Becca Ingram’s Margot acts in careful poise, a meek and quieted version of her mother, but the consistent foil to Anne’s wild energy. Ingram carries herself with a delightful sweetness, though it is fun to see her growth throughout the performance too, as Margot grows more into herself. I also particularly enjoyed Morgan Gunter’s Peter Van Daan. Again, it can be a challenge for an actor to portray a character much younger than themself, but Gunter captured the delights of teenage angst with a broodiness fitting of any adolescent. Gunter allowed the audience to see Peter’s external walls and how he has managed to shield himself from the people around him. Then, Gunter beautifully deconstructed those walls as he began to let Anne in. It was yet another relationship that took time to really develop, and the result was a beautiful connection between two human beings, rather than actors playing at games. There whole play had a sense of intimacy, whether between father and daughter, mother and daughter, or boy and girl, that seemed beautiful and personal.
While uncomfortable initially, I appreciated director David Morgan’s decision to have the cast on stage and somewhat visible during blackouts. Having actors change costumes on stage, rather than leaving and utilizing a stage hand, and keeping everyone present in some room at all times was cramped, and prying. Such a small space and so many people together helped to convey a sense of the discomfort surely felt by the Frank family at the time. The continued presence, even during intermission, began to feel like an intrusion of privacy—for which I was strangely grateful. The actors developed lives of their own, and it felt far less like watching a play than just peeking in on little vignettes from someone’s daily life. Truly, the collaboration between cast and crew afforded for something more real, more touching than an average night at the theatre. The characters became real people, and indeed, reminded the audience that the characters in the play did once exist. It’s a richly constructed narrative that finds poignancy over and over again, particularly in those last moments when we are reminded of the fate of all those living in the secret annex.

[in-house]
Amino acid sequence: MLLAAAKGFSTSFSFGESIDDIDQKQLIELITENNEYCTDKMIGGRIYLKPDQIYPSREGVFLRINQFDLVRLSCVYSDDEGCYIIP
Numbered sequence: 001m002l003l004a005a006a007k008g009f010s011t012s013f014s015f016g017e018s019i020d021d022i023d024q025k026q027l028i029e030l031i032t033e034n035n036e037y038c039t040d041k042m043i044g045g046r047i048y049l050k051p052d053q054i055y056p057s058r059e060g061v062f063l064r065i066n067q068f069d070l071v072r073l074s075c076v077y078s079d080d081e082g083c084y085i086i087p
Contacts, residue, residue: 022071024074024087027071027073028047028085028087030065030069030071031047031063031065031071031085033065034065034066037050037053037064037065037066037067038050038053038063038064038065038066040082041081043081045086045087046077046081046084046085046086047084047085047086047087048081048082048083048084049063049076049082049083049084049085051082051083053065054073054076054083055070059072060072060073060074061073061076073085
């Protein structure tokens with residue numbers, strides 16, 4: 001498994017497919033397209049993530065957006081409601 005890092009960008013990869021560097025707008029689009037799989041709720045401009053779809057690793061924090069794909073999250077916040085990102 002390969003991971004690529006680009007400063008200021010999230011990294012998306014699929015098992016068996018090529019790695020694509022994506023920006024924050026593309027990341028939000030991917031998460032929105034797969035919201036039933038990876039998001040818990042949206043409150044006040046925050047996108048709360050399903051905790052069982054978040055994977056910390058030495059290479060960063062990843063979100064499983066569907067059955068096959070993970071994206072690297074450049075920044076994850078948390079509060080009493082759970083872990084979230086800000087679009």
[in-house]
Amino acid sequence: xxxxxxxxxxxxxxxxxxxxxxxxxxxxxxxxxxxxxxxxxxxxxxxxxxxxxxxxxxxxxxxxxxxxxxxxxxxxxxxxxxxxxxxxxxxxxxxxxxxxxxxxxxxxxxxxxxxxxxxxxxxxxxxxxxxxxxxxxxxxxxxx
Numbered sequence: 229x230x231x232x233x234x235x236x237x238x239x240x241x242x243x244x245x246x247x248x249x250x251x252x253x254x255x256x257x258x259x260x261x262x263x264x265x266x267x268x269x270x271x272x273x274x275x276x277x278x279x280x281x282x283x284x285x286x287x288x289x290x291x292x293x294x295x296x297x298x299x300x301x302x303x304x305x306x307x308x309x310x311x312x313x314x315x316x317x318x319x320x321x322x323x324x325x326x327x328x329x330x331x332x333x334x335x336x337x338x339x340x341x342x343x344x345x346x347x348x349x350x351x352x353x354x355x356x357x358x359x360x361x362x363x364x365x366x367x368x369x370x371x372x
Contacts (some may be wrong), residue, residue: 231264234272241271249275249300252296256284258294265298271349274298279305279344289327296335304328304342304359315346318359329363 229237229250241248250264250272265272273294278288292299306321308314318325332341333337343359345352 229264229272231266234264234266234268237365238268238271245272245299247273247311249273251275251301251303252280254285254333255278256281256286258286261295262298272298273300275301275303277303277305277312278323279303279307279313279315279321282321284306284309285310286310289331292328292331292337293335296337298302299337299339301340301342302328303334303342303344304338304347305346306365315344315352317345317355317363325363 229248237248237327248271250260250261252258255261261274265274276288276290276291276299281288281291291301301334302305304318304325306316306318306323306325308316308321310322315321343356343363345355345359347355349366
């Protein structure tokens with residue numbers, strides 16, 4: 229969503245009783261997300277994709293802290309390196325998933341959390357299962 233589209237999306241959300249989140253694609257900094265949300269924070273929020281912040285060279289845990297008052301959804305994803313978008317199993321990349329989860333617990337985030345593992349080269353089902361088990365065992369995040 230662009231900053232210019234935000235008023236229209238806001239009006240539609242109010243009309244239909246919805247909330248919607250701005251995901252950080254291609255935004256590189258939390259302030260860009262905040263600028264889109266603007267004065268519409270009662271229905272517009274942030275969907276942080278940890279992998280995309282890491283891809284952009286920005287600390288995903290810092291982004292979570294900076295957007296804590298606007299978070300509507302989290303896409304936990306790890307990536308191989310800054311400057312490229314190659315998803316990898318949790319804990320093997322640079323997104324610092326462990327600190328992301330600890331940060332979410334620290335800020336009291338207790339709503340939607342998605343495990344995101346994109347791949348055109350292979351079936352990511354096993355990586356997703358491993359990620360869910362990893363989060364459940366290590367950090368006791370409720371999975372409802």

While the story is a well-known one, I would encourage theatre goers to take the time to revisit Anne Frank. This production manages to strike a personal chord, bringing viewers into the day-to-day existence of what should have been an ordinary life, but brings balance and realism to the extra-ordinary circumstances surrounding the Frank family. The lens of political backdrop, contrasted with more intimate situations arising within the family situation makes this a play I would recommend for younger theatre goers as well. The Diary of Anne Frank remains an absolutely beautiful piece, and one that I look forward to revisiting again.